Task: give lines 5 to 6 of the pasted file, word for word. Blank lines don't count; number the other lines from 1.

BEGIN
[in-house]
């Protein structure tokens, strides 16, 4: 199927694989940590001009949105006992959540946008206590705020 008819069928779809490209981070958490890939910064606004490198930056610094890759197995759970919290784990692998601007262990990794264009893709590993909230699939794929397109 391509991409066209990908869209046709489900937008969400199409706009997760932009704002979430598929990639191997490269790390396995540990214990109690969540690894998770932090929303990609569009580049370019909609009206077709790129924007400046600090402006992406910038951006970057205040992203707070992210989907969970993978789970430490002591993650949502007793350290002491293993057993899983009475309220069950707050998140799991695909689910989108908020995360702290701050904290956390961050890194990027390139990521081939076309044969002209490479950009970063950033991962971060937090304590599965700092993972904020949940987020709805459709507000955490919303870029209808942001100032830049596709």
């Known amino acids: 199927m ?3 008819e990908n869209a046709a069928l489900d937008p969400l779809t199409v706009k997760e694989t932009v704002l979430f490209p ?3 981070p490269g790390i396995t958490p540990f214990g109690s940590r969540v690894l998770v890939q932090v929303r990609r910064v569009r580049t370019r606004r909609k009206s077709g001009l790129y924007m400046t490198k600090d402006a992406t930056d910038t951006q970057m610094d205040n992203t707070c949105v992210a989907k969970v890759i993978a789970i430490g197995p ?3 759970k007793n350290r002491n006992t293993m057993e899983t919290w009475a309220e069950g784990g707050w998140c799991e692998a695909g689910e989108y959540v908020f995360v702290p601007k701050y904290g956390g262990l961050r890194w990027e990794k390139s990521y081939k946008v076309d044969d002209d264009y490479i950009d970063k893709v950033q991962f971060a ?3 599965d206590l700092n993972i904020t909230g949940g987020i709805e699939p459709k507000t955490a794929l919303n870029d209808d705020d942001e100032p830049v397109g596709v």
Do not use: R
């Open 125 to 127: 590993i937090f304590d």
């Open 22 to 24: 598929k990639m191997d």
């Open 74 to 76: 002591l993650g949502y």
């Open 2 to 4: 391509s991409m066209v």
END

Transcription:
């Open 125 to 127: 590993i937090f304590d």
């Open 22 to 24: 598929k990639m191997d």